Worthy citizens

March 23, 2016 by J-Wire Staff
Read on for article

Four Sydney women have been acknowledged by two local municipalities for services to their communities.

Isabelle Shapiro and Mayor Tony

Isabelle Shapiro and Mayor Toni Zeltzer

Isabelle Shapiro, a passionate community safety advocate and former Mayor of Woollahra in 2010, is the 2016 Woollahra Municipality Citizen of the Year.

The Woollahra Citizenship Awards aim to celebrate the individuals and groups who demonstrate excellent citizenship and support the Woollahra and broader community.

Isabelle Shapiro was awarded Citizen of the Year for her dedication to making the Woollahra community stronger and happier. Passionate about suicide prevention and mental health awareness, Isabelle played an instrumental role in the self-harm minimisation at Gap Park in 2011. She has been a member of the Woollahra Council Community Safety Committee, and is currently on the Eastern Suburbs Suicide Prevention Network.

Isabelle, herself a breast cancer survivor, is a strong advocate for two leading breast cancer organisations and is committed to the broad awareness campaign which improves the outcomes for those diagnosed with breast cancer.

In the later years of her term at Woollahra Council she helped to establish the Woollahra Public Art Trust, which has led to having the works of significant Australian and international sculptors displayed in Woollahra’s public domain and enjoyed by so many locals and visitors.

Mayor of Woollahra, Councillor Toni Zeltzer said she was honoured to bestow the award upon such a worthy recipient.

“Isabelle’s commitment to community safety and mental health awareness has helped build a stronger, more resilient community and has helped save lives.

“For her community, Isabelle has gone above and beyond, both as a councillor and as a community member, serving on numerous committees and advocating for several charity and research groups,” the Mayor added.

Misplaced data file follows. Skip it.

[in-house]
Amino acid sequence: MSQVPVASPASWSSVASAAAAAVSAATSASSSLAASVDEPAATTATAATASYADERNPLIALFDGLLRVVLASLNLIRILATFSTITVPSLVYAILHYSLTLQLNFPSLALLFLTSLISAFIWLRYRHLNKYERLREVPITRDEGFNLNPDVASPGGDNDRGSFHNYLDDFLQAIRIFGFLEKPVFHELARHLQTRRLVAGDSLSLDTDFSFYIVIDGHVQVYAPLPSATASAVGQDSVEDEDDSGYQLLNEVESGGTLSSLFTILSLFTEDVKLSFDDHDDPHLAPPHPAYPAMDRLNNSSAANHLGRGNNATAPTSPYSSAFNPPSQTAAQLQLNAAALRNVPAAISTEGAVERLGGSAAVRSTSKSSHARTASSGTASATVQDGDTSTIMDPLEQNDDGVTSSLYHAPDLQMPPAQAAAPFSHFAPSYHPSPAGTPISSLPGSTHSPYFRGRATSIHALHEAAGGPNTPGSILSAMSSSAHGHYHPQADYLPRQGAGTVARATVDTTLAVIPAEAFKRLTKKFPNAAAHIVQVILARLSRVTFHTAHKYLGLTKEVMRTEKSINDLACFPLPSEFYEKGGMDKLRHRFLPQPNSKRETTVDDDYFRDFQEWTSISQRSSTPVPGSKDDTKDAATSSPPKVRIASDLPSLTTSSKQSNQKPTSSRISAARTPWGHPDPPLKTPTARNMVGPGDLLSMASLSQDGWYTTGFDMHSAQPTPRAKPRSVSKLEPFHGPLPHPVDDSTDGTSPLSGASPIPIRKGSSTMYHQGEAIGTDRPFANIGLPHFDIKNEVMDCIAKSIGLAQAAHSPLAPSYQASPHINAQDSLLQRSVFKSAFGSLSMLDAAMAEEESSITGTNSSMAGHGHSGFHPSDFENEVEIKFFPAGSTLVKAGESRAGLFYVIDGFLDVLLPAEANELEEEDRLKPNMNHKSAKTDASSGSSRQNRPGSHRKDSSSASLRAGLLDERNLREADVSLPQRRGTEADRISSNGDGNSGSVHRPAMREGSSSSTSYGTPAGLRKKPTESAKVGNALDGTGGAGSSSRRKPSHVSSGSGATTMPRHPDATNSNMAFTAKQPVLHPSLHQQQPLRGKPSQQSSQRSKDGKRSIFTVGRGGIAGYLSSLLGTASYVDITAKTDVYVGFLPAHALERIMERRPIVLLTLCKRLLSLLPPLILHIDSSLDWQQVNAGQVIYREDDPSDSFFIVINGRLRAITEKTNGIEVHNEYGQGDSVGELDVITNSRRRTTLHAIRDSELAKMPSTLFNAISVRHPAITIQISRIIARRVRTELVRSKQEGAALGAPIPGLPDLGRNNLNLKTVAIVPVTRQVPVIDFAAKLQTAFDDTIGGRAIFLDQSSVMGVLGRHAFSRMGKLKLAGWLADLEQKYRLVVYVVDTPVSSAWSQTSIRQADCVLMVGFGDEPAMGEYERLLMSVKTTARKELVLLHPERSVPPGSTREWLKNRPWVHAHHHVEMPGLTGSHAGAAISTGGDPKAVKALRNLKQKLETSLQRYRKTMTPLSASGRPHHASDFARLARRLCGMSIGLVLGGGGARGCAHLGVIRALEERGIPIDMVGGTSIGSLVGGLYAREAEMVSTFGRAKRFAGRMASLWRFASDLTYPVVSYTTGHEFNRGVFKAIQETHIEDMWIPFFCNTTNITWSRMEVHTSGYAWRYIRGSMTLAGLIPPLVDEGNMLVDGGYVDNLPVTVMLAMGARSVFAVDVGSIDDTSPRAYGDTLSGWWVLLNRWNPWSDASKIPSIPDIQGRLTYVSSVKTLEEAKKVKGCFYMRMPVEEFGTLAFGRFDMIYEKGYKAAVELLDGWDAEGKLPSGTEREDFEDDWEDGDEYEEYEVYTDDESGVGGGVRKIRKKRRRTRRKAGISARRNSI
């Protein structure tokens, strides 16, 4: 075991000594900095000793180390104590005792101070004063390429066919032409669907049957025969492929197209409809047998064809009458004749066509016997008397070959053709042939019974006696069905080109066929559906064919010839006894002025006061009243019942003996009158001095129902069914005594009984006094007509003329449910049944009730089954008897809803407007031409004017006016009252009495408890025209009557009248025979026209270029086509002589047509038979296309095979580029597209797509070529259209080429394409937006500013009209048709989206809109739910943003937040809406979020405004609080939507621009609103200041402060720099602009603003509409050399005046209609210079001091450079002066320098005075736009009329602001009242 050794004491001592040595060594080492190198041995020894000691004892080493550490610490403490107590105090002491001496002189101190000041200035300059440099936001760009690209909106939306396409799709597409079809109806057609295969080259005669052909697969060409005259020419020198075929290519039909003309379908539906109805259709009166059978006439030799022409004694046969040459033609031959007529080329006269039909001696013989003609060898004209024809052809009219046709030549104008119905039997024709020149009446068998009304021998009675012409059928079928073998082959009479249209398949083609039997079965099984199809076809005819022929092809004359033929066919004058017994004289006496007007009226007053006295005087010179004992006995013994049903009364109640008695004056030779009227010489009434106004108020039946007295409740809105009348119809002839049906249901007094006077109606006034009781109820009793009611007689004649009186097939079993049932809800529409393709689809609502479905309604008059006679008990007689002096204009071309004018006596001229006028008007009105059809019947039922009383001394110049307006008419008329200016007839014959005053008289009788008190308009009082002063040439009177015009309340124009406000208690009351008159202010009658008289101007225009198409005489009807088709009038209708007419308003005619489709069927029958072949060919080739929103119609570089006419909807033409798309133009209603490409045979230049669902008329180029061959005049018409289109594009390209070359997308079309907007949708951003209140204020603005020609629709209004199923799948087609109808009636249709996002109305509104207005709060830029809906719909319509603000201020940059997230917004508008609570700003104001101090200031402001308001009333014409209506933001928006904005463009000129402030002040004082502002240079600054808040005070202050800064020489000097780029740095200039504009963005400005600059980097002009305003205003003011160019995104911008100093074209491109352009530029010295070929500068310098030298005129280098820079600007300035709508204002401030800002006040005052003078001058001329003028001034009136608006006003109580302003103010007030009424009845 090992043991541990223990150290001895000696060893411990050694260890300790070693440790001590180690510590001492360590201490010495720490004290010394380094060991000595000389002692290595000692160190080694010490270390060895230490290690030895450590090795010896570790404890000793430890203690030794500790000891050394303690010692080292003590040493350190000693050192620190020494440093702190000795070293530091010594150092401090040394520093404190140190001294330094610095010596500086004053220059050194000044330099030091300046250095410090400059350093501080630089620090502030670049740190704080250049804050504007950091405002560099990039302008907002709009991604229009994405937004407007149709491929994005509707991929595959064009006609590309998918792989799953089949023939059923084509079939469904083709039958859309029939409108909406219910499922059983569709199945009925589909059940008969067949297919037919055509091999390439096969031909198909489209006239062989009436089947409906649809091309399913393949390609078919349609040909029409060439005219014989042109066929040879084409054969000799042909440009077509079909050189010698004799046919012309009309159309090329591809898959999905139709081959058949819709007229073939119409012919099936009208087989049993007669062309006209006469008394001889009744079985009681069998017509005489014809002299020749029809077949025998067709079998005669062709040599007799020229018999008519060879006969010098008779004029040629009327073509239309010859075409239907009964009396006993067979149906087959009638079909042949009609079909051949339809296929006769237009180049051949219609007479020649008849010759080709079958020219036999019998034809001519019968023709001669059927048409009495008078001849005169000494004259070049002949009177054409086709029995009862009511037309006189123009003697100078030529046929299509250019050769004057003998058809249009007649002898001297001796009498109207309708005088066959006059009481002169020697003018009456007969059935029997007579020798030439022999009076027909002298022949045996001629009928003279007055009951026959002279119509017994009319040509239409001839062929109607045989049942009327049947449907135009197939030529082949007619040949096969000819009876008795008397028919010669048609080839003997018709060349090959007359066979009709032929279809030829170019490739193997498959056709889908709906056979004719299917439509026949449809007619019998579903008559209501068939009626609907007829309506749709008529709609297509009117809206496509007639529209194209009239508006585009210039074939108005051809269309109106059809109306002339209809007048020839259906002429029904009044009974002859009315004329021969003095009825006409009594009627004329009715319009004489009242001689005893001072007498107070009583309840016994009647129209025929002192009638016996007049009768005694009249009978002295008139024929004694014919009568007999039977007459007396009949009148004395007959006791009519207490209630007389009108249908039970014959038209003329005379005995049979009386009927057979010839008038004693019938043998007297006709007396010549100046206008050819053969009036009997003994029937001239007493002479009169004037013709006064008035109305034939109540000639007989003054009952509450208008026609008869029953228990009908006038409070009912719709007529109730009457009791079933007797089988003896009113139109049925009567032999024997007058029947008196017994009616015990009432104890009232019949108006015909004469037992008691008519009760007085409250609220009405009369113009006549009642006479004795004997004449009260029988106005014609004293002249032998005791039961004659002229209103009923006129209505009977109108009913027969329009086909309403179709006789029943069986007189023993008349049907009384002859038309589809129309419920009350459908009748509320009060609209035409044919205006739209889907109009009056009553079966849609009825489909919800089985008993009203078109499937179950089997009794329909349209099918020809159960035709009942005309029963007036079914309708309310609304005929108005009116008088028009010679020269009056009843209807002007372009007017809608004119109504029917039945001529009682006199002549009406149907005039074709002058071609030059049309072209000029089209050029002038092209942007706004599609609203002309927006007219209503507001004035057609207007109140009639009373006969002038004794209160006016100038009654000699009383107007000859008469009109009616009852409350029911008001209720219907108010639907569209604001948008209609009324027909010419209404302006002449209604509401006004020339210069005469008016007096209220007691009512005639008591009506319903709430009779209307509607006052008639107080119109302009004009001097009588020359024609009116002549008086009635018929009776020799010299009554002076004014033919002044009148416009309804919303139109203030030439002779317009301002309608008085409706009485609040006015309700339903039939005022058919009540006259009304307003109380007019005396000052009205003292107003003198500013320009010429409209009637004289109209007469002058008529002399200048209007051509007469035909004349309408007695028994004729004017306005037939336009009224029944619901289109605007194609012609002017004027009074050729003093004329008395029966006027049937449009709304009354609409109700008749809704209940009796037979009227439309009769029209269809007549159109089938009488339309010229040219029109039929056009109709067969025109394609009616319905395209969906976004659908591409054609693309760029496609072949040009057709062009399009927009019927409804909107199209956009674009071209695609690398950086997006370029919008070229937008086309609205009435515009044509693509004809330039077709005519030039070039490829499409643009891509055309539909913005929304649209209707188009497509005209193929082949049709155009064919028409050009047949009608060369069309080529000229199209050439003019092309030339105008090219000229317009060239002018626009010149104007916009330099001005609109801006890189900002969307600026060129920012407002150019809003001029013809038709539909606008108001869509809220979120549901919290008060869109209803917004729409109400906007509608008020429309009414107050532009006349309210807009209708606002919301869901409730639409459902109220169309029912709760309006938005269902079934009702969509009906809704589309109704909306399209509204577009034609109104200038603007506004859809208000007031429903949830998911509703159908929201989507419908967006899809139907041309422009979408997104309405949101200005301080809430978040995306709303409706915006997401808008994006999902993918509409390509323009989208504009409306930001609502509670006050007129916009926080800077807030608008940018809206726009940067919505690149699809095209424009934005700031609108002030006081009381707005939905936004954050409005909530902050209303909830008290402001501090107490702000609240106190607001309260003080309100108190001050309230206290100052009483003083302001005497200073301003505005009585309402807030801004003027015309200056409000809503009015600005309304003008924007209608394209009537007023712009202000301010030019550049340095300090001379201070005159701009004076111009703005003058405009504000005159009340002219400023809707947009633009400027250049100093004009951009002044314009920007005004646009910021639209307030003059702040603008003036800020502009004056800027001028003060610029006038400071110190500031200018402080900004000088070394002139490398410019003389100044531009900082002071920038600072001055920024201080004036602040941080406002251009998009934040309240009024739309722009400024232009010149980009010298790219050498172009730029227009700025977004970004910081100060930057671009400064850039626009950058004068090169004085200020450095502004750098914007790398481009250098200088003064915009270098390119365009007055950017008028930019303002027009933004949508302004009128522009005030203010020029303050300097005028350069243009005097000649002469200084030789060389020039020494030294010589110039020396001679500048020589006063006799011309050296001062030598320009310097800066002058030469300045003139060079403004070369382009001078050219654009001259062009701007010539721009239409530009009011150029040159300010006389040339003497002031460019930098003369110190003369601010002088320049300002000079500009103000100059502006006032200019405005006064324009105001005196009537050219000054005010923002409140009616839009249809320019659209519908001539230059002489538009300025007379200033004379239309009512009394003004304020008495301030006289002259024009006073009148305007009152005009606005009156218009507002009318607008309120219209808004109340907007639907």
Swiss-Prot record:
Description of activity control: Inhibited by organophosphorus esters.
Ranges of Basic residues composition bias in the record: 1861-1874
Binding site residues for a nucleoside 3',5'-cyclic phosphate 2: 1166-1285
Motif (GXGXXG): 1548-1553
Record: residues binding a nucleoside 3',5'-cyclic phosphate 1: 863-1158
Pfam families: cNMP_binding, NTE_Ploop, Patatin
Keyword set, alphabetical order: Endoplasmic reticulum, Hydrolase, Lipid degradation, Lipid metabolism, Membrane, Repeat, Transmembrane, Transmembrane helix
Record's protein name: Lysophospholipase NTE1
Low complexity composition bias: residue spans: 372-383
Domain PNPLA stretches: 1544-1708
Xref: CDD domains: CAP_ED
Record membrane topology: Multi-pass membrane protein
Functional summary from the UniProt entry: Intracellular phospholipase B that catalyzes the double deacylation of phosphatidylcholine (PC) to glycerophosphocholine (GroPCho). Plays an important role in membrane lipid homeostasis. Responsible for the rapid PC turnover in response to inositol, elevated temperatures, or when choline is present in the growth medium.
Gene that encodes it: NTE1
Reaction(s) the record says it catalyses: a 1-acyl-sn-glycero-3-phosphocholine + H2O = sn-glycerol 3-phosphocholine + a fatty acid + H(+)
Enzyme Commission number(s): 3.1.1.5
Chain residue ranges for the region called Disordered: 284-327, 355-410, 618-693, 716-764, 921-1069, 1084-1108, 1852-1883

Leichhardt Council have added local resident Judy Singer to the 2016 International Women’s Day Honour Roll.

A council citation states that: “Judy has worked extensively in voluntary and advocacy roles in the areas of tenants’ rights and disability inclusion and has given her own time and energy consistently over many years, to ensure that some of our society’s most marginalised people have a voice.

Councillor Linda Kelly presents the award to Judy Singer

Councillor Linda Kelly presents the award to Judy Singer

They also acknowledged that she has taken strong action with people with Autism Spectrum Disorder, including, founding a social club for teenagers with Asperger’s Syndrome demonstrating an incredible capacity for activism and passion for social justice.

As a social housing tenant, Judy Singer became involved in activism on behalf of tenants issues from 2005 on.  She was

  • a voice for the tenants of the Inner West on Housing NSW’s Divisional Tenant Forum for approximately 6 years, scrutinising policies affecting tenants, and giving feedback on their impact
  • appointed to Social Housing Tenants Advisory Committee as a delegate for Sydney, where she continued this role at a statewide level for 2 terms
  • elected a director of the peak body for low-income housing, Shelter NSW, for the maximum three terms
  • worked for two years  on the Affordable Housing Action Team of the Sydney Alliance, setting up the Alliance’s Housing Campaign
  • recognised by the National Library of Australia for her satirical blog, Diary of a Desperate Houso, which is now archived in perpetuity for being “a significant contribution to Australia’s documentary heritage”

Having a family history of Asperger’s syndrome, Judy Singer is known internationally as a pioneer of the world-wide autistic self-advocacy movement through her Honours thesis, book chapters, and academic papers. She is credited with prefiguring the idea of creating a “neurodiversity movement” which was cited in Wired magazine’s 20th anniversary issue as one of the world-changing ideas of the new millennium.  Described thus “Singer’s subversive meme has become the rallying cry of the first new civil rights movement to take off in the 21st century”.